Labour groups, unions march in Winnipeg for Labour Day
March held in advance of community barbecue
Labour groups and unions gathered in Winnipeg on Monday to mark Labour Day.
Workers, unions and community leaders met at Memorial Park before marching to Vimy Ridge Park for a community barbecue.
"We're celebrating the gains that unions have made in Winnipeg and across Canada," said Basia Sokal, president of the Winnipeg Labour Council.
She added the day is especially important right now, as workplaces change across the country.
"In a time when we have economies such as Uber or Skip the Dishes telling you that can be your own boss, we need to band together and recognize that's not a message we should be OK with," she said.
"Unions and workers have fought for hundreds of years for rights such as benefits, wages and overtime pay that these companies and gig economies want to take away from us."
Winnipeg's Labour Day event organizers also joined others across the country in calling for universal, single-payer prescription drug coverage for everyone in Canada.
"Many unionized workers have prescription drug coverage through their collective agreements," said Sokal, in a news release sent to media before the march.
"This isn't just about union members. This is about doing the right thing for everyone in Canada."
John Callahan, international vice-president with the Amalgamated Transit Union, attended the march, and said the day gives his union an opportunity to amplify its call for a national inter-city bus service.
The push comes on the heels of Greyhound Canada's decision to stop nearly all of its passenger and freight service in Western Canada.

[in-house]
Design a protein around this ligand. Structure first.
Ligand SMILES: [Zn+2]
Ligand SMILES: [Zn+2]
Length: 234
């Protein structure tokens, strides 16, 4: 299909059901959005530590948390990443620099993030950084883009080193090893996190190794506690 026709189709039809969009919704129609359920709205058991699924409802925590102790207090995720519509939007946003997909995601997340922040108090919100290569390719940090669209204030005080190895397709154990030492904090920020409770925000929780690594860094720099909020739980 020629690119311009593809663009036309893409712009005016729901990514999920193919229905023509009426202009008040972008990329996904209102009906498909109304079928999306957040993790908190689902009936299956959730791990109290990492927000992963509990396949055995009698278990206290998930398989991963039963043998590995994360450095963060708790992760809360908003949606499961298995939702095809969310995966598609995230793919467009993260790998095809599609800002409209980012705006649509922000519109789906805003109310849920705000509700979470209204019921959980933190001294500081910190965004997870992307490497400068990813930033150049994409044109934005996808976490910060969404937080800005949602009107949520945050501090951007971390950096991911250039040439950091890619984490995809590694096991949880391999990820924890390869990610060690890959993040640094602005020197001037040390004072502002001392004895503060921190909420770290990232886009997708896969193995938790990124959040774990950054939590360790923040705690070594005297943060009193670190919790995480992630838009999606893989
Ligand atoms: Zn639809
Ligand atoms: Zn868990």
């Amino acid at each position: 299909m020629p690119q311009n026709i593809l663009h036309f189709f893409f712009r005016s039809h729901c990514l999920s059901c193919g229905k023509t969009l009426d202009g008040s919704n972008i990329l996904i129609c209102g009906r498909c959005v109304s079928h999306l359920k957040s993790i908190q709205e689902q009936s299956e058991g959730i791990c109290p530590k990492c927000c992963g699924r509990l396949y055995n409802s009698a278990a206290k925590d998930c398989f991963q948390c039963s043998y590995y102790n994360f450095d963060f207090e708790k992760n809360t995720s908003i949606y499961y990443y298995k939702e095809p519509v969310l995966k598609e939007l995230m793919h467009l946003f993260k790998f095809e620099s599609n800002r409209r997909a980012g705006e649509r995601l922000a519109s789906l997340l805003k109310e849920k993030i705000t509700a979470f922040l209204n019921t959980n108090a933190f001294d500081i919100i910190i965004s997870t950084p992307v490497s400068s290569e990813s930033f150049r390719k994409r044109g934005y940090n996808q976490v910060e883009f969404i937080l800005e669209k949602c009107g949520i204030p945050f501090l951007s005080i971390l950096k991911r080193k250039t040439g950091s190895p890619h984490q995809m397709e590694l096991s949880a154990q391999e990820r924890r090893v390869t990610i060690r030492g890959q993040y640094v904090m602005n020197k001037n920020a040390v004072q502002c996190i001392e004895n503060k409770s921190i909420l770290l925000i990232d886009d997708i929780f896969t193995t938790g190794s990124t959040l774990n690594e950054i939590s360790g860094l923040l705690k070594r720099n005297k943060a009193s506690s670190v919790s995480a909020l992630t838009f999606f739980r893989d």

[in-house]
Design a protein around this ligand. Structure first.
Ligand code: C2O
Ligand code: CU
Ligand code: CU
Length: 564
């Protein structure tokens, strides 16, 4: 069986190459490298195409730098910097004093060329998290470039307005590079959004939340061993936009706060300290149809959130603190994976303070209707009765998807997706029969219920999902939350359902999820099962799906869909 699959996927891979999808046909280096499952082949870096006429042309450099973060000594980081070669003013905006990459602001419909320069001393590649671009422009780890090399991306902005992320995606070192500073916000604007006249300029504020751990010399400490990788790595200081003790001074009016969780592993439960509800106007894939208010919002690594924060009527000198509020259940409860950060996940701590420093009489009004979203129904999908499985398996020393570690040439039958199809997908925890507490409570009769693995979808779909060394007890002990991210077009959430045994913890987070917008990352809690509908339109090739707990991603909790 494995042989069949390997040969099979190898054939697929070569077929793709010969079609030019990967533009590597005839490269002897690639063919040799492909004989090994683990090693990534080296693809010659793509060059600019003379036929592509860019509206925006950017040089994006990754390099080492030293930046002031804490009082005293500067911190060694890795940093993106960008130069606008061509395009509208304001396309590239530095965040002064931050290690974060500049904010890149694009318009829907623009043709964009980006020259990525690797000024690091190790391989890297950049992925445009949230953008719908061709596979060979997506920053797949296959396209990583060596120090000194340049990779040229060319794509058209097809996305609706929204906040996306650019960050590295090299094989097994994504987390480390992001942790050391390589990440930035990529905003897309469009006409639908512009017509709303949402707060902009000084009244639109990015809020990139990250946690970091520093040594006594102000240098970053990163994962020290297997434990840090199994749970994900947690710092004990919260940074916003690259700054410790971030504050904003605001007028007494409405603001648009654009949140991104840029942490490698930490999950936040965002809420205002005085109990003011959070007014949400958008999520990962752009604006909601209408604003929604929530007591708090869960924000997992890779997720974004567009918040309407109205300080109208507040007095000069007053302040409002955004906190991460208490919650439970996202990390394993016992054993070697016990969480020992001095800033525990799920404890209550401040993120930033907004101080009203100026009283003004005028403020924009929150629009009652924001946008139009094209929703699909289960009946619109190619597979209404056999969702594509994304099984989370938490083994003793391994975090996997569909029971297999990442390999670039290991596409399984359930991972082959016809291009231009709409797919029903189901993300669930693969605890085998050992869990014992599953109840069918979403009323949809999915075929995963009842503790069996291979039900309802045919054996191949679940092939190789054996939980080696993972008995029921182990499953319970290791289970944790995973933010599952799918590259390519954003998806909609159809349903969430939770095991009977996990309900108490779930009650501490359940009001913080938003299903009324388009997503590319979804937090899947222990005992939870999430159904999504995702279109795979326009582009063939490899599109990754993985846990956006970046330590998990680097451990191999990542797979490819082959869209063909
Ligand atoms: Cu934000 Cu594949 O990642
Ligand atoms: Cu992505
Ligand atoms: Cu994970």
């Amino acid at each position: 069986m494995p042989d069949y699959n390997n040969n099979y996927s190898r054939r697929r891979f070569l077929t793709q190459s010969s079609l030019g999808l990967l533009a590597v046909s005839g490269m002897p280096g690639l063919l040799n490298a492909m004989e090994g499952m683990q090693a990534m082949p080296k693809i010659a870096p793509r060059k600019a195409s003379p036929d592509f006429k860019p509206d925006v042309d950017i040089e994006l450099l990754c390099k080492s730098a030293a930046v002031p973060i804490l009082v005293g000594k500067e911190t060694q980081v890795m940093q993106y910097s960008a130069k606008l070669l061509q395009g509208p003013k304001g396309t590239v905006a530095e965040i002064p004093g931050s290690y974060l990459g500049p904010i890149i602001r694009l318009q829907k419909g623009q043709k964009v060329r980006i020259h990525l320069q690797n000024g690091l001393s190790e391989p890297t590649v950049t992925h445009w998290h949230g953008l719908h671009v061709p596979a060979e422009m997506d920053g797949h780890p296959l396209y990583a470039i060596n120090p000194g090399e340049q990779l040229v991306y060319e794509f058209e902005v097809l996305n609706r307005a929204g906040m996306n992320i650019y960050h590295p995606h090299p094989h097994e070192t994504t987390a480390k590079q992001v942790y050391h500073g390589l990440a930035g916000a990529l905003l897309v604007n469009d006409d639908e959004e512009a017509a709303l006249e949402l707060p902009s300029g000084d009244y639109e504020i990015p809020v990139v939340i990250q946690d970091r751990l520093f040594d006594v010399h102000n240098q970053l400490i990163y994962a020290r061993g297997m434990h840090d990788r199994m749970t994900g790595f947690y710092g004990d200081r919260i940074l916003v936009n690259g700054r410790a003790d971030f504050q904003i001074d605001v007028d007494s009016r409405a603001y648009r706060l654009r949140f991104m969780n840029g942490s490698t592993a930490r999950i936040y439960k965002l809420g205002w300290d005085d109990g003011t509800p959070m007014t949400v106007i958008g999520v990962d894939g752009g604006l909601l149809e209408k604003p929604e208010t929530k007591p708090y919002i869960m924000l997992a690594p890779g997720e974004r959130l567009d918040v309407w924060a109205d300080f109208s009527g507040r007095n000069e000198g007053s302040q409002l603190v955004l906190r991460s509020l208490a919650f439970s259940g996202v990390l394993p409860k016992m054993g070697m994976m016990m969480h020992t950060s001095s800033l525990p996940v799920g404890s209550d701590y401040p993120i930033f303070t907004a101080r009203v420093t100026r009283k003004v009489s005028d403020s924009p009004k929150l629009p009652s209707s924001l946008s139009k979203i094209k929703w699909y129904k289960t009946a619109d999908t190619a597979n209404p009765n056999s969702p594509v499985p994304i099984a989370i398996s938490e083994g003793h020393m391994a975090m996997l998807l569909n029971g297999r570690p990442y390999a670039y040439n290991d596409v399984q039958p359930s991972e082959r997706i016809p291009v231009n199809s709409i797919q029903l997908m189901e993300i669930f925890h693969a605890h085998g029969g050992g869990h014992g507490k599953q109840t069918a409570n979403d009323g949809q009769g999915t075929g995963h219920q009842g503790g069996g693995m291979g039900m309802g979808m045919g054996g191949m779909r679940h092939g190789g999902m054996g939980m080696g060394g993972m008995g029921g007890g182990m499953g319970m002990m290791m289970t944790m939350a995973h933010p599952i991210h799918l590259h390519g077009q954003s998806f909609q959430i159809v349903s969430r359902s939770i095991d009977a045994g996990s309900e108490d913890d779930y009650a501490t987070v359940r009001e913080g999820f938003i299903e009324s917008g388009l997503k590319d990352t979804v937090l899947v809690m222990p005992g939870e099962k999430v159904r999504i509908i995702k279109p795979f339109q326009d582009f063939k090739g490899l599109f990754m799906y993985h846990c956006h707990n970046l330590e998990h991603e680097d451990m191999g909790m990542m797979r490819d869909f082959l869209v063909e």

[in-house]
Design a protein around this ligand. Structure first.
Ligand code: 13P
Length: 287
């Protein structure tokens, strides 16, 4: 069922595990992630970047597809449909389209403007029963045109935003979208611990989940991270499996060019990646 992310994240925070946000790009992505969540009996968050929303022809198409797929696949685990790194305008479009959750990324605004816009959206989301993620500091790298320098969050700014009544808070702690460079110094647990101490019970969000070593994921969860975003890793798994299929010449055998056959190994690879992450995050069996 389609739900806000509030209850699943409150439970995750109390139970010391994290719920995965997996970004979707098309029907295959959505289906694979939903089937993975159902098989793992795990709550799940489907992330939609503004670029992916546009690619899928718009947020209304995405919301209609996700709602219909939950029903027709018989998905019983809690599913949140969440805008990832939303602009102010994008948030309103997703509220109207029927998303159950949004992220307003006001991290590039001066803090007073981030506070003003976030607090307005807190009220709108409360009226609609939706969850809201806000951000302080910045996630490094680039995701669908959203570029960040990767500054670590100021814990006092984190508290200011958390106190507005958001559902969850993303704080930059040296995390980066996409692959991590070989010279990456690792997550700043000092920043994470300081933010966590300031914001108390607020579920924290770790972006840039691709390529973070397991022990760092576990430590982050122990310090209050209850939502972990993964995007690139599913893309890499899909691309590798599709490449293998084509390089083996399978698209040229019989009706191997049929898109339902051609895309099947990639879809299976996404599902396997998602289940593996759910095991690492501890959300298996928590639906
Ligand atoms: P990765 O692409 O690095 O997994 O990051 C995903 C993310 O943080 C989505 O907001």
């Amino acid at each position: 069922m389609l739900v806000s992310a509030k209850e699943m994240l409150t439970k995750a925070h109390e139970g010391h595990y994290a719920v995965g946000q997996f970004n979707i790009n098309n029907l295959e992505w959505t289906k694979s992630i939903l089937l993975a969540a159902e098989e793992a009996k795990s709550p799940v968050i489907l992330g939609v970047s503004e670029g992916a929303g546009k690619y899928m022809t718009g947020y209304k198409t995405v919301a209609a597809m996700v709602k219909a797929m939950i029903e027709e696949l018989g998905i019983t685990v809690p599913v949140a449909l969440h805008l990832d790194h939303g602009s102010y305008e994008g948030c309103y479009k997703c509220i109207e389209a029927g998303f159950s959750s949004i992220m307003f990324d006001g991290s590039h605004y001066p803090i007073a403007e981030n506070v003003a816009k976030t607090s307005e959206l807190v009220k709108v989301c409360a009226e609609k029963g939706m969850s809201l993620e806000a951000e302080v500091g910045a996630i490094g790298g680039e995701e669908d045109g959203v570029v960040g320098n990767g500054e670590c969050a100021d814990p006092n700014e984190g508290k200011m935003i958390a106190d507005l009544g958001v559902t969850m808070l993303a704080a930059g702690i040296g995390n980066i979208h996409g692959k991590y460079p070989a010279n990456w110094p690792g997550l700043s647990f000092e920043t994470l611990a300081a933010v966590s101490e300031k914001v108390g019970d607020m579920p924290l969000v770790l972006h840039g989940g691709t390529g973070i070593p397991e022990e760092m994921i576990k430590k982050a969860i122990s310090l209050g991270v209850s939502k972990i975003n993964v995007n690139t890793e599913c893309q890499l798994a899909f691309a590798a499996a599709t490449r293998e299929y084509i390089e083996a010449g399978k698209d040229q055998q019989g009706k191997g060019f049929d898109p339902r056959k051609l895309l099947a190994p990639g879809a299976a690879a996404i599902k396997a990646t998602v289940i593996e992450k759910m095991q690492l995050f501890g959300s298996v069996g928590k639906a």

"ATU Canada has been talking with the federal government … about what can be done to either support and fund the Greyhound service in the interim until we come up with a strategy to fill the vacancy created by the loss of Greyhound," he said, calling the service vital for many Canadians, especially those living in the north.
"It's a lifeline for them into the city for doctor's appointments."
Manitoba Government and General Employees' Union president, Michelle Gawronsky, said the Winnipeg march was just one of many events held in communities across Manitoba on Monday.
"We're here to honour labour and honour the work that has been done in the past and the work that is being done today," she said.
"In Winnipeg here, the Winnipeg Labour Council has invited all of us to come in to be able to celebrate labour, and to honour those who worked before us that gave so much so that we can enjoy what we have today."
James Bedford, vice-president of the Manitoba Teachers' Society, said his union's members attended the march "because as educators, the future of this country is absolutely essentially important."
But he said he also had personal reasons for coming to the march as well.
"I'm here for my own daughters because I want a better Canada than the Canada that I grew up in," he said.
"The labour movement is all about improving working conditions, which means better safety and fairer remuneration for everybody, not just for unionized employees."
Labour groups in Winnipeg are gearing up for next year's 100th anniversary of the Winnipeg General Strike, and Sokal said the Winnipeg Labour Council has a number of events planned to mark the anniversary across the city next May and June.